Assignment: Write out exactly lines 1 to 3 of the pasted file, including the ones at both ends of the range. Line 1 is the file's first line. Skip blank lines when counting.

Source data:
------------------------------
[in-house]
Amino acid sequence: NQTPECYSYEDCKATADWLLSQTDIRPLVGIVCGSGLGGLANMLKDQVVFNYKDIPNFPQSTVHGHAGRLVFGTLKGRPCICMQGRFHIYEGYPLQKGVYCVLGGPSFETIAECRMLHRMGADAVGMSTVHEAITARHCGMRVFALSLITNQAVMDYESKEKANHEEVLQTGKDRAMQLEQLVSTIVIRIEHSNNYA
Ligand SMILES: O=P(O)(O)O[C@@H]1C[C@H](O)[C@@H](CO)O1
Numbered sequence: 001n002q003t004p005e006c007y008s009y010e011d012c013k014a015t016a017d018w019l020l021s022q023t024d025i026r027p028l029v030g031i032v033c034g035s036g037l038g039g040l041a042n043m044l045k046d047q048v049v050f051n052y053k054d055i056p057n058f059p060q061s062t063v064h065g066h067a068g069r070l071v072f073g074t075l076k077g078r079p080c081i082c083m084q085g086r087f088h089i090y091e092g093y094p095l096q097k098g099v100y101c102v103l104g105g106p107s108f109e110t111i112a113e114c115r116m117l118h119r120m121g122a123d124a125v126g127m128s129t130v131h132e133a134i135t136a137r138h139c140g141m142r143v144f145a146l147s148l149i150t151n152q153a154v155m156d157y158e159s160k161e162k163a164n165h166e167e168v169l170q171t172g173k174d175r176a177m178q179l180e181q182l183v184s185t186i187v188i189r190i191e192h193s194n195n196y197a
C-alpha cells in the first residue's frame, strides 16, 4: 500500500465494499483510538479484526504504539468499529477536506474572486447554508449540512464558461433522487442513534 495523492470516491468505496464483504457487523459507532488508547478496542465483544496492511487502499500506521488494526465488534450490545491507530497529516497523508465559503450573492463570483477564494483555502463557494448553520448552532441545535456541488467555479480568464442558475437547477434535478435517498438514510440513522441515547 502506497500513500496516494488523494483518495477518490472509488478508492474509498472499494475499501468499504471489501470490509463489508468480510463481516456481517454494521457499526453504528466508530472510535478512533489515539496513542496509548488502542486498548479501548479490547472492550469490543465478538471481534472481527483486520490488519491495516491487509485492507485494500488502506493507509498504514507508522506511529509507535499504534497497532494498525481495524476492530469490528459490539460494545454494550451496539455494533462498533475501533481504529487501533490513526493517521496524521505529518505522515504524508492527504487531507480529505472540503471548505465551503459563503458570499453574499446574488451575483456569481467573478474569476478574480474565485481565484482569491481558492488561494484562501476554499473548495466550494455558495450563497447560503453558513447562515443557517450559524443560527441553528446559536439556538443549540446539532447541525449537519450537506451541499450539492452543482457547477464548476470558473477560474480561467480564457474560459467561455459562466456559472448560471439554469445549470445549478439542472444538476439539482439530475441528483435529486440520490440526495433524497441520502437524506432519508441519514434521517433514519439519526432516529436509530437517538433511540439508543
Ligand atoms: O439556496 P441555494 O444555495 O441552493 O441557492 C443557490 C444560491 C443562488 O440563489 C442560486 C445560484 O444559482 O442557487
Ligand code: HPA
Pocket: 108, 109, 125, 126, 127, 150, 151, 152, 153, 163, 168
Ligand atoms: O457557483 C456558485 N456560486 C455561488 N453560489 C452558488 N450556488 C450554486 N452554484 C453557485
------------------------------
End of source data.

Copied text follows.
[in-house]
Amino acid sequence: NQTPECYSYEDCKATADWLLSQTDIRPLVGIVCGSGLGGLANMLKDQVVFNYKDIPNFPQSTVHGHAGRLVFGTLKGRPCICMQGRFHIYEGYPLQKGVYCVLGGPSFETIAECRMLHRMGADAVGMSTVHEAITARHCGMRVFALSLITNQAVMDYESKEKANHEEVLQTGKDRAMQLEQLVSTIVIRIEHSNNYA
Ligand SMILES: O=P(O)(O)O[C@@H]1C[C@H](O)[C@@H](CO)O1